Apple and cherry Trees like it here as well. You can not forget about the "Blue Spruce"
Pine trees take more care to get rooted but thrive. For the first year or 2 you can not "forget" about the trees till they take. You will need to make sure the root ball is moist.
You can Google your question for more info.
Hope this helps,
Cotton wood and Aspen trees, while pretty, are a mess and grow too fast. This means they will break easy in the wind, die fast.
That said, these trees offer great fall color and sound good in the wind.
Our cottonwoods and maples survived OK. The spruce trees, of course, did fine.
The trick is to shake your trees when there is a big storm. Our son took a broom out and pushed on some limbs (without harming the bark). The snow was up to his knees. He didn't wait for the snow to stop flying and he had to go back after enough snow accumulated again. But shaking (not too vigorously) did the trick.
The big snows tend to carry a lot of moisture. The extra weight is too much for most trees. Be careful, though. You don't want to be out there if your tree branches are touching power lines. (Yikes!) In Longmont, you want to call when its nice out and have the limbs trimmed.
The utility company (which is the city of Longmont) will trim trees in the right of way. But, homeowners are responsible for trimming any limbs growing from their private property into the right of way. See this link for details:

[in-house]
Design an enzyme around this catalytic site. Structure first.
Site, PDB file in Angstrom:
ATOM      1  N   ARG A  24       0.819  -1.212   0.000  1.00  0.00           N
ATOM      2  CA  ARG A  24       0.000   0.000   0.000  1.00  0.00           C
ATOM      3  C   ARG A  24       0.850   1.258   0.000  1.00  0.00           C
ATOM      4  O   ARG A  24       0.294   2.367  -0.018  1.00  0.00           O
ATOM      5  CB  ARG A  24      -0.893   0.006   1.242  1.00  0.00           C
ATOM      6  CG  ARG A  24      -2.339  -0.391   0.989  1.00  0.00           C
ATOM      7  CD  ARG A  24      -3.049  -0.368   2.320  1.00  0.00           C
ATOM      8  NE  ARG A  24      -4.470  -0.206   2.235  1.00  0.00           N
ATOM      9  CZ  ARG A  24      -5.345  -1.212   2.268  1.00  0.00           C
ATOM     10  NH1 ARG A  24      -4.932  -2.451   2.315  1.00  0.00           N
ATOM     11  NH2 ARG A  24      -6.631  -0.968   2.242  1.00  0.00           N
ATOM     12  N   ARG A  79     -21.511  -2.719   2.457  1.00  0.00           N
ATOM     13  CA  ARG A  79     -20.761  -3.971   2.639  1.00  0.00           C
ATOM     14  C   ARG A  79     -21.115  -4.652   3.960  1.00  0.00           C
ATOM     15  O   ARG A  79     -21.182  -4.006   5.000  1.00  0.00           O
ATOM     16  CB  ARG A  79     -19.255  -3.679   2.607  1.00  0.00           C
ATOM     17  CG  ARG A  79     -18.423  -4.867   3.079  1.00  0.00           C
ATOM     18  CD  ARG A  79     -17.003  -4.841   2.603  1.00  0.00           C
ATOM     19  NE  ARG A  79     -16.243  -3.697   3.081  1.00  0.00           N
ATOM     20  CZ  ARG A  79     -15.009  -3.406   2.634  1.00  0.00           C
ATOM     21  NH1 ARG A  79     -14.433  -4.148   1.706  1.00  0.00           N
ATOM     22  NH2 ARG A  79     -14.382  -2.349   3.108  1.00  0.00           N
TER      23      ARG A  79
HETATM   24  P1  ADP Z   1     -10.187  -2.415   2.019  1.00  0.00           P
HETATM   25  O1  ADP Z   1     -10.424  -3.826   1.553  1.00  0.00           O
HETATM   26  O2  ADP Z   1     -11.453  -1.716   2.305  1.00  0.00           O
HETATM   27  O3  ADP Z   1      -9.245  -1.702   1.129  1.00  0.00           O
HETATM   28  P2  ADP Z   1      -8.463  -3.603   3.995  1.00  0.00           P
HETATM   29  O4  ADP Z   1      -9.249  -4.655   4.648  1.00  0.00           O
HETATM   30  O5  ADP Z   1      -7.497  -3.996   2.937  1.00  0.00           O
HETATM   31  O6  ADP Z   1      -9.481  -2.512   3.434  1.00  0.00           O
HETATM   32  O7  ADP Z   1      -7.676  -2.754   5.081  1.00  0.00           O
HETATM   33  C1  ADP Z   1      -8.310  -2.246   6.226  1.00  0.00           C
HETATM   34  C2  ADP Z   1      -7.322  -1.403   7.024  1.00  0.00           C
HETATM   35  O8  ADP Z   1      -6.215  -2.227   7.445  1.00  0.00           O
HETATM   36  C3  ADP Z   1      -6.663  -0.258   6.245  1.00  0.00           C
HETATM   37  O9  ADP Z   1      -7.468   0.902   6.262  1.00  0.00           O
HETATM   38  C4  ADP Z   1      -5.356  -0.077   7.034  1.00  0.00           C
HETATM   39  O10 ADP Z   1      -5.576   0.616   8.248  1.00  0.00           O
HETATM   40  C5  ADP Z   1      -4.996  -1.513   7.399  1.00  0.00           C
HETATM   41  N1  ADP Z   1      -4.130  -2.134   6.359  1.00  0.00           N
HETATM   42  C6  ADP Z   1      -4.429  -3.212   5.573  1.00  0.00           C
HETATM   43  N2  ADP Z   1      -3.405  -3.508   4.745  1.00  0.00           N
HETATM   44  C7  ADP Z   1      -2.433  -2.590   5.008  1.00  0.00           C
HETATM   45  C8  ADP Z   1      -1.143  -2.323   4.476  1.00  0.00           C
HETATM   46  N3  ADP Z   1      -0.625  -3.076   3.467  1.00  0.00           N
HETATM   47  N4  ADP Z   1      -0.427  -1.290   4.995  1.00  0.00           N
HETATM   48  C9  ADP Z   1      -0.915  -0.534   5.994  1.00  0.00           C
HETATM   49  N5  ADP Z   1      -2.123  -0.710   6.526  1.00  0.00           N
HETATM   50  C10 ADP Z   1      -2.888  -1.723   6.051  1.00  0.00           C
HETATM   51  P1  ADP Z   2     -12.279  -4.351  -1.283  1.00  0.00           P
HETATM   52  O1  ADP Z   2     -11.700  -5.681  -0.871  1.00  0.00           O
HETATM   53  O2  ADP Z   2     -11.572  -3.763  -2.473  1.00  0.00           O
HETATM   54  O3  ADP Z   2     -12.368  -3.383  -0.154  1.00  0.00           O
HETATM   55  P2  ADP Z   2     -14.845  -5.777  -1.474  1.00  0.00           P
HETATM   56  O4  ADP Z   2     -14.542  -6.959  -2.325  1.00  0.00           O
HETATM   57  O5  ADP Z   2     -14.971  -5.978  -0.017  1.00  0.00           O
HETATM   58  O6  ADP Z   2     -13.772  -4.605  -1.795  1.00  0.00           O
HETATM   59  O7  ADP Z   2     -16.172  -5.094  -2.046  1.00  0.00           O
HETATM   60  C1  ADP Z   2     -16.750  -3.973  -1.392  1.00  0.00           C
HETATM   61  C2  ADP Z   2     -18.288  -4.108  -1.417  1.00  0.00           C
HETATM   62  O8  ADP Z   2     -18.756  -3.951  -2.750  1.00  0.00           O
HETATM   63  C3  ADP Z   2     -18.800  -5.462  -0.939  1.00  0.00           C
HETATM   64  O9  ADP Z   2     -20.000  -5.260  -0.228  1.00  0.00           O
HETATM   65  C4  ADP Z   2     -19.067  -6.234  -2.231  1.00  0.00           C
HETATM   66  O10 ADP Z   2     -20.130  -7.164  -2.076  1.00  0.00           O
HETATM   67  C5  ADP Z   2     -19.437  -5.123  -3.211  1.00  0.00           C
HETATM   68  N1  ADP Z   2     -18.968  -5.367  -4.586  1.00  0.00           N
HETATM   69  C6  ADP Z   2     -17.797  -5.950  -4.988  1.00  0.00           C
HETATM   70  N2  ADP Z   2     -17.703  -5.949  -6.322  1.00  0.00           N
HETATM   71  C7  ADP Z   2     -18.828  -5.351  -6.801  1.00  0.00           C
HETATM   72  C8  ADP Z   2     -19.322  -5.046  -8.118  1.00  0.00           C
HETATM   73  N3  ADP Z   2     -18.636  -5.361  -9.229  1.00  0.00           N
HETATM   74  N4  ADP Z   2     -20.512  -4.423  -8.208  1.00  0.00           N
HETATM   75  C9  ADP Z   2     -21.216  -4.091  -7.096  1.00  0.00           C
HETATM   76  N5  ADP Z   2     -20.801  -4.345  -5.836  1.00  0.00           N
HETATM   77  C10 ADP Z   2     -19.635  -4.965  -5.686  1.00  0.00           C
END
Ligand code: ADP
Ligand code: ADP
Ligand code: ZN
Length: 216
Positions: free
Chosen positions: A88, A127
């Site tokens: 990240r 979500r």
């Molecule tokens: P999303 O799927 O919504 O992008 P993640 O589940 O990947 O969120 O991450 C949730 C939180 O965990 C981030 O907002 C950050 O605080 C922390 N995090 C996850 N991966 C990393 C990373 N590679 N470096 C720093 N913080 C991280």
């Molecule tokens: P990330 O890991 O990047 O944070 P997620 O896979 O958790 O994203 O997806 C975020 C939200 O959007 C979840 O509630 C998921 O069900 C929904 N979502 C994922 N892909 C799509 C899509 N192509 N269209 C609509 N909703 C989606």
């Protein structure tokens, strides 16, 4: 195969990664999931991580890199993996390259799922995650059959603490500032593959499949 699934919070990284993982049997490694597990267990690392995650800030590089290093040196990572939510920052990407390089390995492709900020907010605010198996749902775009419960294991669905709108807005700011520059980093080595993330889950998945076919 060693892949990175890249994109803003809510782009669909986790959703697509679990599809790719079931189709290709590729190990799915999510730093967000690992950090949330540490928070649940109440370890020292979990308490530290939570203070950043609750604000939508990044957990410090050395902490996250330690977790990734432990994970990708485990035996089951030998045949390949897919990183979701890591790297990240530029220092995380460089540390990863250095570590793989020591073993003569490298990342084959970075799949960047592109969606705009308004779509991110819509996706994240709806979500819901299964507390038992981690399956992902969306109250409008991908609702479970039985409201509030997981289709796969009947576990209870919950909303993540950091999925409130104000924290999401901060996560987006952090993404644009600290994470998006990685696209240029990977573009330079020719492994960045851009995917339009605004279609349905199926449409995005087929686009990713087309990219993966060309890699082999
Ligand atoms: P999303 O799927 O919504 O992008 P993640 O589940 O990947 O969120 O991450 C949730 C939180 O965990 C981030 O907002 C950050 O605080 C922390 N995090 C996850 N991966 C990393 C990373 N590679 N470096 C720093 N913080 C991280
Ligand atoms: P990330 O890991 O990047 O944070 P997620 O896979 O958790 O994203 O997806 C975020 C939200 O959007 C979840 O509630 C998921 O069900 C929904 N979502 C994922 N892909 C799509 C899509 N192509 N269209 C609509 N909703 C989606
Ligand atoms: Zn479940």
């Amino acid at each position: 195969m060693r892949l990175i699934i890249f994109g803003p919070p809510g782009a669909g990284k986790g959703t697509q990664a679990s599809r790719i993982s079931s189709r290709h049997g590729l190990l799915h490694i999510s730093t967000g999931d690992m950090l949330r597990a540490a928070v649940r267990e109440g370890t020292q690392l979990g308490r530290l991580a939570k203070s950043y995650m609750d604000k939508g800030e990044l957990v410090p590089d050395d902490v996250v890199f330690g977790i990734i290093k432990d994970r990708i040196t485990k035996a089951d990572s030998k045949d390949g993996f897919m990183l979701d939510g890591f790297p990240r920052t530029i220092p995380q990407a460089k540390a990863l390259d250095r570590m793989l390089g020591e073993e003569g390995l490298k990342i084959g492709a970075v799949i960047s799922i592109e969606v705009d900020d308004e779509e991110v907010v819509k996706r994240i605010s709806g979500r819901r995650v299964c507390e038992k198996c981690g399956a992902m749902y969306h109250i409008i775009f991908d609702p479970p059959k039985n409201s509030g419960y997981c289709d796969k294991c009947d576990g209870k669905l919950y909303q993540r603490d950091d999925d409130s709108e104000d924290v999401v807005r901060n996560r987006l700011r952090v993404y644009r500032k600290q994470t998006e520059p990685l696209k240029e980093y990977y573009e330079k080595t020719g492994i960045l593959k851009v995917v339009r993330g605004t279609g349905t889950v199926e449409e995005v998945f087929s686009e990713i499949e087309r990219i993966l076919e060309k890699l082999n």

Contact the city from 7 a.m. to 3 p.m. to turn off power by calling (303) 651-8386.
This is the third home I have owned in 20 years inBoulder County. We planted Ponderosa and Austrian Pines which have all done well. The aspens have always been disappointing after just afew years, they get black leaves and eventually diseases that make them look terrible. The garden centers advise against planting them here but they still sell them. I love our honey locust trees and our maples. The Cottonwoods and Aspens send roots out all over and tiny baby trees that make your lawn uneven and dangerous to walk on in bare feet.
You are going to have expensive trimming with a tree like a cottonwood. Great trees for shade, though. So, the cottonwood earns its living if it shades the house.
Aspens are popular and very "Colorado", but die off in 10 years in lower elevations. Blue Spruces are very "Colorado",but take up a LOT of space. Cottonwoods heave sidewalks with their roots.
I paid $125.00 for a designer from The Tree Farm in Longmont to come to my house and map out suggestions.
Best money I ever spent The trees he suggested (Pear) didn't encroach on the neighbors property or sidewalks, so I don't have to have expensive tree service.
In Boulder and Longmont there has been a long tradition of planting a wide variety of trees, many not indigenous to the area. And they all seem to thrive once they get going, though they sometimes need a little extra water. Two that I especially like are redbuds, with flower-covered branches in the spring and heart-shaped flowers in the summer; and catalpas, which are a little weedy in that they grow fast, but which also can have gracefully curved trunks as they reach for sunlight.